Institute of Astronomy

Blowing up Jupiter

Published on 06/08/2013 
Question: 

In a hypothetical scenario, if you could bear that in mind I am interested in the effects that would happen to Earth if Jupiter in a hypothetical situation exploded. What kind of magnitude would it be referenced under? And how would the astronomical community report that/those findings back to natons around the world? Would the asteroid belt be perturbed in any way? Shooting out asteroids from it and rocky debris in closer orbit with the gas planet? Your help in this matter to keep your hypothetical hat on just to humour and bear with me would be appreciated, thank you...

It depends in part what you mean by 'exploded'.  The solar system planets are quite widely separated, so at least initially, the effect would be rather small.  The orbits of the other planets would remain close enough to their present orbits that only astronomers would be able to tell the difference, and this will be true whatever type of 'explosion' you want.  As for any immediate, direct effects of the 'explosion', remember that space is a vacuum and so shock waves (sound, earthquakes, etc.) can't propagate.

If we go with a minimal 'explosion' and just magically cause Jupiter to vanish then the only other thing we would have to worry about is what happens to its moons and the asteroids.  The large moons that orbit close to Jupiter would probably all simply be ejected from the solar system and not pose any threat to anyone.  Some of the smaller ones further out might go onto elliptical orbits around the Sun, but there are not that many of them so the chance of a collision would be quite small.  The asteroid belt would likely remain much as it is, interactions with Jupiter actually generally serve to destabilise asteroids rather than the other way around.  The only possible cause for concern would be the Trojan asteroids, which share Jupiter's orbit and lead or follow it by 60 degrees.  These occupy stable regions created by the gravity of Jupiter, so if Jupiter were to disappear some of them might become unstable and come into the inner solar system.  This would likely be a long process rather than a fast one so we would probably have a reasonable length of time to deal with any new asteroid that appeared on a collision course with Earth and not be much worse off than our current situation.  In short, other than the disappearance of Jupiter from the sky, most people probably wouldn't notice the difference.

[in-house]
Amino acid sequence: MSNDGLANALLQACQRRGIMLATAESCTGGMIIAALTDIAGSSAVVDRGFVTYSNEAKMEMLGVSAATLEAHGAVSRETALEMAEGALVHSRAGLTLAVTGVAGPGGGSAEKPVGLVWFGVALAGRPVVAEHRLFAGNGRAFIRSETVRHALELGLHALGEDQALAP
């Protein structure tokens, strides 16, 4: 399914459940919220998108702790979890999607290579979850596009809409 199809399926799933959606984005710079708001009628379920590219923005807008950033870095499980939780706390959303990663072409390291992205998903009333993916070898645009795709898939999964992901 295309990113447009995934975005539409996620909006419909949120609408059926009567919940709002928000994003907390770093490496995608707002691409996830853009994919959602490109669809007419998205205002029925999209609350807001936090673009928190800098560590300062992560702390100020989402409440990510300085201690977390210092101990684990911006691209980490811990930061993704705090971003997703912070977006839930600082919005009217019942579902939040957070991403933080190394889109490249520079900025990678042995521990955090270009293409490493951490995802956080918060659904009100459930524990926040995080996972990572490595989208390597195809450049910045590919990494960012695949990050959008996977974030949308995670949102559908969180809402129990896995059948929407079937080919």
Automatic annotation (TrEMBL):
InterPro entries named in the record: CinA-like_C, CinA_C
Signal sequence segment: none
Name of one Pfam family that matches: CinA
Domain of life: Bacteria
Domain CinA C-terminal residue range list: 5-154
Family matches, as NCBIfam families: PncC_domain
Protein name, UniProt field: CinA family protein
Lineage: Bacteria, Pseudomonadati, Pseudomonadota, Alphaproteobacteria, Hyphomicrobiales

Now, on the other hand, if you want a 'Death Star' style explosion rather than just a planetary vanishing act things would be a little different.  Jupiter is extremely massive, and all of that mass suddenly flying around the solar system is going to have some rather interesting effects.  Now most of the mass of Jupiter is gas (primarily hydrogen and helium), which the Sun would eventually blow away through X-ray radiation and the solar wind (though it might take some time to do so).  What effect the gas has depends partly on how far the explosion spreads it and so how dense it is, it could potentially exert drag on some asteroids, particularly the Trojans, and cause them to spiral in to the inner solar system.  If Jupiter has a rocky core (we aren't actually entirely certain if it does), then that would cause additional problems.  The core of Jupiter might be as more then 10 times the mass of Earth, by comparison the whole asteroid belt is less than 0.1% the mass of Earth.  Turning all of that into rubble and throwing it across the solar system would cause utter havoc, the conversation between a whole leader and an astronomer would probably go something like this:

Astronomer: Jupiter has exploded, the core, which incidentally we know now was 10 Earth masses, has been pulverized and thrown out across the solar system.
World Leader: That doesn't sound good, is any of it going to hit us?
Astronomer: We haven't determined the exact numbers yet, but we expect the impacts to start within a year.
World Leader: Within a year!?  What kind of damage are we expecting?
Astronomer: It will probably start fairly localised, but the surface will reach saturation quite rapidly.
World Leader: Saturation?
Astronomer: Imagine carpet bombing the entire planet with the largest nuclear weapons you have.
World Leader: Oh... Can we do anything about it?
Astronomer: Nope.
World Leader: So we're doomed then?
Astronomer: Pretty much, yes.

If Jupiter doesn't have a core, or if it is pulverized into small enough pieces in the explosion (think dust), then it might not be so bad.  The gas and dust would probably partially block out the Sun and cause and ice-age, though material raining down into the atmosphere might also cause Earth to heat up, so it might get hotter even with the Sun being dimmed.  Either way the environment would be pretty screwed up but some people might survive.

Page last updated: 6 August 2013 at 16:53